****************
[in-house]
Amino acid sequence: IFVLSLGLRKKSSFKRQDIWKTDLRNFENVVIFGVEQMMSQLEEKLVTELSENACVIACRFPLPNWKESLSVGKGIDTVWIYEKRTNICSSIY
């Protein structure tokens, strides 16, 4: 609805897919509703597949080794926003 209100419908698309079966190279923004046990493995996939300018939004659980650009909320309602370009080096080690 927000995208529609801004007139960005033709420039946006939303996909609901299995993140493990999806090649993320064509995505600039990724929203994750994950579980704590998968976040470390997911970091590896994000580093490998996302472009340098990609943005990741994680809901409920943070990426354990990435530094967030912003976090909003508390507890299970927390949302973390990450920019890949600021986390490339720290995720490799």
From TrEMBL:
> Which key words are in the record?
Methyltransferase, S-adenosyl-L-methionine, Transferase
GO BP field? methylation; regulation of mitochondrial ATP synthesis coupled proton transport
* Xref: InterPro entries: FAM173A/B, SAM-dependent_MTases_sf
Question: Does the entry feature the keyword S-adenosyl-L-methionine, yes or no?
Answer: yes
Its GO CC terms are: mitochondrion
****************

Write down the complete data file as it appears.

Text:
[in-house]
Amino acid sequence: IFVLSLGLRKKSSFKRQDIWKTDLRNFENVVIFGVEQMMSQLEEKLVTELSENACVIACRFPLPNWKESLSVGKGIDTVWIYEKRTNICSSIY
């Protein structure tokens, strides 16, 4: 609805897919509703597949080794926003 209100419908698309079966190279923004046990493995996939300018939004659980650009909320309602370009080096080690 927000995208529609801004007139960005033709420039946006939303996909609901299995993140493990999806090649993320064509995505600039990724929203994750994950579980704590998968976040470390997911970091590896994000580093490998996302472009340098990609943005990741994680809901409920943070990426354990990435530094967030912003976090909003508390507890299970927390949302973390990450920019890949600021986390490339720290995720490799």
From TrEMBL:
> Which key words are in the record?
Methyltransferase, S-adenosyl-L-methionine, Transferase
GO BP field? methylation; regulation of mitochondrial ATP synthesis coupled proton transport
* Xref: InterPro entries: FAM173A/B, SAM-dependent_MTases_sf
Question: Does the entry feature the keyword S-adenosyl-L-methionine, yes or no?
Answer: yes
Its GO CC terms are: mitochondrion